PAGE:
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Letter to an Editor
by David Bedein
Media Research Analyst

The Israeli district judge's Dec. 30, 1998, decision that recognized Conservative and Reform conversions does not address itself to the divisions between the non-Orthodox religious Jewish communities in Israel and from abroad as to "who is a Jew".

The Conservative Rabbinate does not recognize conversions performed by the Reform Rabbinate, while the Reform Rabbinate in Israel does not necessarily recognize Reform conversions that are conducted outside of Israel, and neither the Conservative nor the Reform rabbinical bodies in Israel accept the official American Reform definition of a Jew based on "patrilineal descent"

Meanwhile, both the Conservative and Reform movements in Israel, who maintain a total of 62 congregations in the Jewish state, have rejected standards of some American Reform Rabbis who perform interfaith marriages and same-sex commitment ceremonies.

Respectfully Submitted,

David Bedein, MSW

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Justice and Jonathan Pollard
Op Ed in Washington Post
by Angelo Codevilla, Irwin Cotler, Alan Dershowitz and Kenneth Lasson
The Washington Post
Saturday, 2nd January, 1999

In the wake of the Wye River negotiations has come a barrage of new attacks against Jonathan Pollard, the former U.S. naval intelligence analyst convicted in 1985 of passing classified information to Israel and sentenced to life in prison.

A Dec. 12 Post op-ed by four past directors of naval intelligence called Pollard a "traitor," whose release "would be totally irresponsible from a national security standpoint."

Such allegations are totally irresponsible from the standpoint of American justice, if not intentionally misleading about matters of security. Though the admirals claim they "feel obligated to go on record with the facts regarding Pollard," they offer nothing but innuendo and deceptive half-truths.

Pollard's most staunch defenders make no apology for his actions, nor do we. He clearly committed a punishable wrong. He is not a hero but a victim of a monumental miscarriage of justice. The facts are as follows:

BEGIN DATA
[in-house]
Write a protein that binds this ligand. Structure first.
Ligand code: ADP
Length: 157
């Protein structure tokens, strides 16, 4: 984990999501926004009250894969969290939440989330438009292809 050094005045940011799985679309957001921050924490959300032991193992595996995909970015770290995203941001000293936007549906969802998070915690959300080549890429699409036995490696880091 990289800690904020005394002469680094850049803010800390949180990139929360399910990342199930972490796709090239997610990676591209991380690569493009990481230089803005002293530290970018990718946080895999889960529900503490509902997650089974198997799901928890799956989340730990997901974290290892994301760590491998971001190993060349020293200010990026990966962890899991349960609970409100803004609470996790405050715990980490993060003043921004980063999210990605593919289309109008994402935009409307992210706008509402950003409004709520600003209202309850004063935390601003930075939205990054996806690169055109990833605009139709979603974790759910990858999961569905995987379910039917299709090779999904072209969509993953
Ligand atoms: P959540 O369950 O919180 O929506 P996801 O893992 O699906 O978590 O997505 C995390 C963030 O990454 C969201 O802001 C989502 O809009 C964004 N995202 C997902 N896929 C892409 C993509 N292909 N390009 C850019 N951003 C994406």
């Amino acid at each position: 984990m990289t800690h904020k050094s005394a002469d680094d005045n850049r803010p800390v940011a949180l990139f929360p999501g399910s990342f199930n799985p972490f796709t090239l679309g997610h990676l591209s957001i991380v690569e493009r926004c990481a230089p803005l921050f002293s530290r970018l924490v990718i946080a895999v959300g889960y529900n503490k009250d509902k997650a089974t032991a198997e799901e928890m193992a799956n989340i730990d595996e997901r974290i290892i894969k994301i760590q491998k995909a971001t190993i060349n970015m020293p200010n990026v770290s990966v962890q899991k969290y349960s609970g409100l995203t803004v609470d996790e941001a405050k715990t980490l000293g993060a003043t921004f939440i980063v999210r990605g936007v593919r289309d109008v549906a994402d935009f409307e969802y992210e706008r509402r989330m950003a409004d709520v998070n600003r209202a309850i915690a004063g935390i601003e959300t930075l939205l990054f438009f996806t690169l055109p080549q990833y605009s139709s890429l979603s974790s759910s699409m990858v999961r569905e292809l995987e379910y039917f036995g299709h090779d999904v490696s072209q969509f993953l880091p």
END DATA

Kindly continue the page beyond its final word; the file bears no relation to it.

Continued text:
First, Pollard was never charged with nor convicted of the crime of treason. Nor was there anything in his indictment to suggest he intended harm to America -- or that he compromised the nation's intelligence-gathering capabilities or caused injury to any of its agents.

Second, in lieu of a trial, the government entered into a plea agreement under which it promised not to seek life imprisonment in return for Pollard's cooperation. The Justice Department acknowledged in court that he had cooperated fully. Nevertheless, chief prosecutor Joseph DiGenova said immediately after sentencing he hoped Pollard "never sees the light of day."

Third, Pollard was sentenced on the basis of private statements to the judge that, for all anyone knows, may be lies. The secretary of defense (then Caspar Weinberger) presented the court with a secret memorandum that has never been subject to cross examination. Later he told the press that Pollard was one of the worst traitors in American history. But where's the evidence?

Our system of law requires that an accused be confronted by, and given an opportunity to challenge, his accusers. That's what Pollard was denied.

What did Jonathan Pollard do to deserve this mockery of American law? Nowhere does his indictment allege, as the admirals falsely claim, that he gave "classified information to three other countries before working for the Israelis," or that he "betrayed worldwide intelligence data."